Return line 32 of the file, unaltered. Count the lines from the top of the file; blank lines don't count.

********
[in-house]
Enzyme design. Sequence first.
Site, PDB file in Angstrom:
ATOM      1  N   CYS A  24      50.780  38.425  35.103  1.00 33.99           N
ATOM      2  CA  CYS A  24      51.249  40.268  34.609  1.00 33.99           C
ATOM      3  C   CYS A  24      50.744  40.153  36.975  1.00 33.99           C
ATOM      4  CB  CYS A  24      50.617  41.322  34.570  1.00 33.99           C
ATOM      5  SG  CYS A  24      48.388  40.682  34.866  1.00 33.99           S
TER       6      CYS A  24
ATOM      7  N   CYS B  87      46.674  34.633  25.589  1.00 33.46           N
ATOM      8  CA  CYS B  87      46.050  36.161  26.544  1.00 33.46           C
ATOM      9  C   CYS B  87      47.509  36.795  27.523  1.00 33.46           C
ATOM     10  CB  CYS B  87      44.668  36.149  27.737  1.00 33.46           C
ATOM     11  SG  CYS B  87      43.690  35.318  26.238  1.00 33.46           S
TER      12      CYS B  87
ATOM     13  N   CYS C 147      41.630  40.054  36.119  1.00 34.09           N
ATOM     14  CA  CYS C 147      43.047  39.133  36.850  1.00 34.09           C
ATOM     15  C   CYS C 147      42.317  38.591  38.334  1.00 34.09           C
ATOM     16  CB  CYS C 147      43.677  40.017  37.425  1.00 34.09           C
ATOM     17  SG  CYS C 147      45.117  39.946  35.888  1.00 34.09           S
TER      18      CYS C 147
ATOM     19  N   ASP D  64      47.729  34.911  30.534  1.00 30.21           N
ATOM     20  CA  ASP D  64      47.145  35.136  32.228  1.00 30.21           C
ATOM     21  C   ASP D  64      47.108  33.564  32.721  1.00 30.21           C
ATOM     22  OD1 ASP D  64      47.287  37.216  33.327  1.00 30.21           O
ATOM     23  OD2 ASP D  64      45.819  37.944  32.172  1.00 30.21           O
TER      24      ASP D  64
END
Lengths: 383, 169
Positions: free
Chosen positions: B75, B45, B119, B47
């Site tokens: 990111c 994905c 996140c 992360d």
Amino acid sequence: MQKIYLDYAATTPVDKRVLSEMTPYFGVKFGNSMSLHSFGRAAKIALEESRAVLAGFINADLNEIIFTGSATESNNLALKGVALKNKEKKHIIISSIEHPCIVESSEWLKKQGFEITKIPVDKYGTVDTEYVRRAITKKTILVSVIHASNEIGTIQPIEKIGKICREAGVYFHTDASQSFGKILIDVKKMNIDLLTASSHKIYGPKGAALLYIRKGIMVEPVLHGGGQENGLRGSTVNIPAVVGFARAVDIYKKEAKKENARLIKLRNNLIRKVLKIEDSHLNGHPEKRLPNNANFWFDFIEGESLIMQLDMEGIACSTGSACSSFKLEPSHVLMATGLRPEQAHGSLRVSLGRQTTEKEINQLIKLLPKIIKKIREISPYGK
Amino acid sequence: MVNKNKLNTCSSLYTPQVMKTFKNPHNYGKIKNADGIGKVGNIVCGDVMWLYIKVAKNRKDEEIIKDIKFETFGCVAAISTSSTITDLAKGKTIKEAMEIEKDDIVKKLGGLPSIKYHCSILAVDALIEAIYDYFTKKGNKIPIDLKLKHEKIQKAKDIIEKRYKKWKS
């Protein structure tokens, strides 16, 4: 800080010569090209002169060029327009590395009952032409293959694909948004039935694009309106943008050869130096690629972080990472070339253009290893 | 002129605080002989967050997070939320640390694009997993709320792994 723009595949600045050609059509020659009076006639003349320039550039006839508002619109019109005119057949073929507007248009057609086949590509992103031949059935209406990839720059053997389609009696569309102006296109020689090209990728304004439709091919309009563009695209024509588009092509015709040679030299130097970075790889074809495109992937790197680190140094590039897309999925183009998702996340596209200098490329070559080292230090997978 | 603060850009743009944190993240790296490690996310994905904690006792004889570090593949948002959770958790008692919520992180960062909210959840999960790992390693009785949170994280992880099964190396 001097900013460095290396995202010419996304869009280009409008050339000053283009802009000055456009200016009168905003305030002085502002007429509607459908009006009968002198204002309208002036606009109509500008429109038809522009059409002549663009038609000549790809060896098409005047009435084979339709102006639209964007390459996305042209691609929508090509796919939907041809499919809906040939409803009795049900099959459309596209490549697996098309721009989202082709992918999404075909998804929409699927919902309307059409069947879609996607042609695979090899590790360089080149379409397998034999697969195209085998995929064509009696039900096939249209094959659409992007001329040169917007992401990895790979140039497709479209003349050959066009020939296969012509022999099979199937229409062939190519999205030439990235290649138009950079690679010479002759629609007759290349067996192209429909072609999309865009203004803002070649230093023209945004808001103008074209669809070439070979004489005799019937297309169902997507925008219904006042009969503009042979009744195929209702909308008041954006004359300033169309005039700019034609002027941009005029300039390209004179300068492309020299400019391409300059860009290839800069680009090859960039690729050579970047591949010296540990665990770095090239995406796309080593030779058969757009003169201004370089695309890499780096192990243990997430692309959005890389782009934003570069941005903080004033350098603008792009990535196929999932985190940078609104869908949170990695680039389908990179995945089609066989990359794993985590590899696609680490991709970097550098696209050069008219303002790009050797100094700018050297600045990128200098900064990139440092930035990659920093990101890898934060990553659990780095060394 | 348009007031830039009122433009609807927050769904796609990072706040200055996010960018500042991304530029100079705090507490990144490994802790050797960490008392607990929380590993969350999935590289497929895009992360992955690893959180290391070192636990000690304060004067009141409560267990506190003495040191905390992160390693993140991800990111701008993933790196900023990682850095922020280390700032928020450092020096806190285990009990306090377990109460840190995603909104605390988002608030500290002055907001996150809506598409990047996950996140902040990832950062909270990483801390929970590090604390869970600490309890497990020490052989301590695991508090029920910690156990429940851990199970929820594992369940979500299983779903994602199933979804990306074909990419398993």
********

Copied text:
């Site tokens: 990111c 994905c 996140c 992360d």